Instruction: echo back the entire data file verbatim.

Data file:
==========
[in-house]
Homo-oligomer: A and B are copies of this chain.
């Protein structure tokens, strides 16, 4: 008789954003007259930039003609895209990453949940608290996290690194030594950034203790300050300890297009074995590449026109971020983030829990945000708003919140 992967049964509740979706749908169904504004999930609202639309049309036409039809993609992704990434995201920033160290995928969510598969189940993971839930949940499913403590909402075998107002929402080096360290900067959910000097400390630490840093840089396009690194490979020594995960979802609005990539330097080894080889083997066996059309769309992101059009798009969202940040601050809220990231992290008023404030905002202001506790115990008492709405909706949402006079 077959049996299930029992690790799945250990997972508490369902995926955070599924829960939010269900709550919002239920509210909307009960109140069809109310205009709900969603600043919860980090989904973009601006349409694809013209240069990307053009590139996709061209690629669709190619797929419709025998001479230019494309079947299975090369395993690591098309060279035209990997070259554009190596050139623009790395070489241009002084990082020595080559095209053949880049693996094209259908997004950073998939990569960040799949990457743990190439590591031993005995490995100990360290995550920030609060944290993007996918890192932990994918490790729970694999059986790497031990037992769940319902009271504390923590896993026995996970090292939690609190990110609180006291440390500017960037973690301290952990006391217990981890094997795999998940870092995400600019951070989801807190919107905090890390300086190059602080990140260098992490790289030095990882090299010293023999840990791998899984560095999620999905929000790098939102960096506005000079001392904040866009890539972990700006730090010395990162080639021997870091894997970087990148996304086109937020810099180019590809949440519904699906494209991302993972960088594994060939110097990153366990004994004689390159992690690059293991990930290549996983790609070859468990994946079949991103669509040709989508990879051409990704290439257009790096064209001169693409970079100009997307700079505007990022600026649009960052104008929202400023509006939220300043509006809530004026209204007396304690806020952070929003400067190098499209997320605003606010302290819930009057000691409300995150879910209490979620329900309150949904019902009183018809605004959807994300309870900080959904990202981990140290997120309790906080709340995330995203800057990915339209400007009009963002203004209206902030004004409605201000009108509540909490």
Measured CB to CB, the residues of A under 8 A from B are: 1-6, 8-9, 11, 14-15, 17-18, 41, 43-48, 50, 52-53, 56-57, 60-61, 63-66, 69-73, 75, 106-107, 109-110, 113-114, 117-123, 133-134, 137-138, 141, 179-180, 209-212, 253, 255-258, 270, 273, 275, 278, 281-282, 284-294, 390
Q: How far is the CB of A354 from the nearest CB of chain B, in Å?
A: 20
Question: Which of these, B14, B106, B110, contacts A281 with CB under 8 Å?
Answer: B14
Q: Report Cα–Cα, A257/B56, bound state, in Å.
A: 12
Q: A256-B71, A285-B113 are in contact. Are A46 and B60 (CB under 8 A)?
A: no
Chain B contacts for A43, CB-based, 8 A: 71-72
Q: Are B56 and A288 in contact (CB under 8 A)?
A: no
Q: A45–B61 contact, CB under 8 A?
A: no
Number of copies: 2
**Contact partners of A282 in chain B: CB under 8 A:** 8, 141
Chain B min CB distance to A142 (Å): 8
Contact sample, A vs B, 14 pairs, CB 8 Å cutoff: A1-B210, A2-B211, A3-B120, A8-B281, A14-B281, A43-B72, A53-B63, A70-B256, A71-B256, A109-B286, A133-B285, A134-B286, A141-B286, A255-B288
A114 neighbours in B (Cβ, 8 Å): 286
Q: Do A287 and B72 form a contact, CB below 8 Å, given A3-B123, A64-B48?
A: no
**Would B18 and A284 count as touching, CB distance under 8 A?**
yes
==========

[in-house]
Homo-oligomer: A and B are copies of this chain.
């Protein structure tokens, strides 16, 4: 008789954003007259930039003609895209990453949940608290996290690194030594950034203790300050300890297009074995590449026109971020983030829990945000708003919140 992967049964509740979706749908169904504004999930609202639309049309036409039809993609992704990434995201920033160290995928969510598969189940993971839930949940499913403590909402075998107002929402080096360290900067959910000097400390630490840093840089396009690194490979020594995960979802609005990539330097080894080889083997066996059309769309992101059009798009969202940040601050809220990231992290008023404030905002202001506790115990008492709405909706949402006079 077959049996299930029992690790799945250990997972508490369902995926955070599924829960939010269900709550919002239920509210909307009960109140069809109310205009709900969603600043919860980090989904973009601006349409694809013209240069990307053009590139996709061209690629669709190619797929419709025998001479230019494309079947299975090369395993690591098309060279035209990997070259554009190596050139623009790395070489241009002084990082020595080559095209053949880049693996094209259908997004950073998939990569960040799949990457743990190439590591031993005995490995100990360290995550920030609060944290993007996918890192932990994918490790729970694999059986790497031990037992769940319902009271504390923590896993026995996970090292939690609190990110609180006291440390500017960037973690301290952990006391217990981890094997795999998940870092995400600019951070989801807190919107905090890390300086190059602080990140260098992490790289030095990882090299010293023999840990791998899984560095999620999905929000790098939102960096506005000079001392904040866009890539972990700006730090010395990162080639021997870091894997970087990148996304086109937020810099180019590809949440519904699906494209991302993972960088594994060939110097990153366990004994004689390159992690690059293991990930290549996983790609070859468990994946079949991103669509040709989508990879051409990704290439257009790096064209001169693409970079100009997307700079505007990022600026649009960052104008929202400023509006939220300043509006809530004026209204007396304690806020952070929003400067190098499209997320605003606010302290819930009057000691409300995150879910209490979620329900309150949904019902009183018809605004959807994300309870900080959904990202981990140290997120309790906080709340995330995203800057990915339209400007009009963002203004209206902030004004409605201000009108509540909490």
Measured CB to CB, the residues of A under 8 A from B are: 1-6, 8-9, 11, 14-15, 17-18, 41, 43-48, 50, 52-53, 56-57, 60-61, 63-66, 69-73, 75, 106-107, 109-110, 113-114, 117-123, 133-134, 137-138, 141, 179-180, 209-212, 253, 255-258, 270, 273, 275, 278, 281-282, 284-294, 390
Q: How far is the CB of A354 from the nearest CB of chain B, in Å?
A: 20
Question: Which of these, B14, B106, B110, contacts A281 with CB under 8 Å?
Answer: B14
Q: Report Cα–Cα, A257/B56, bound state, in Å.
A: 12
Q: A256-B71, A285-B113 are in contact. Are A46 and B60 (CB under 8 A)?
A: no
Chain B contacts for A43, CB-based, 8 A: 71-72
Q: Are B56 and A288 in contact (CB under 8 A)?
A: no
Q: A45–B61 contact, CB under 8 A?
A: no
Number of copies: 2
**Contact partners of A282 in chain B: CB under 8 A:** 8, 141
Chain B min CB distance to A142 (Å): 8
Contact sample, A vs B, 14 pairs, CB 8 Å cutoff: A1-B210, A2-B211, A3-B120, A8-B281, A14-B281, A43-B72, A53-B63, A70-B256, A71-B256, A109-B286, A133-B285, A134-B286, A141-B286, A255-B288
A114 neighbours in B (Cβ, 8 Å): 286
Q: Do A287 and B72 form a contact, CB below 8 Å, given A3-B123, A64-B48?
A: no
**Would B18 and A284 count as touching, CB distance under 8 A?**
yes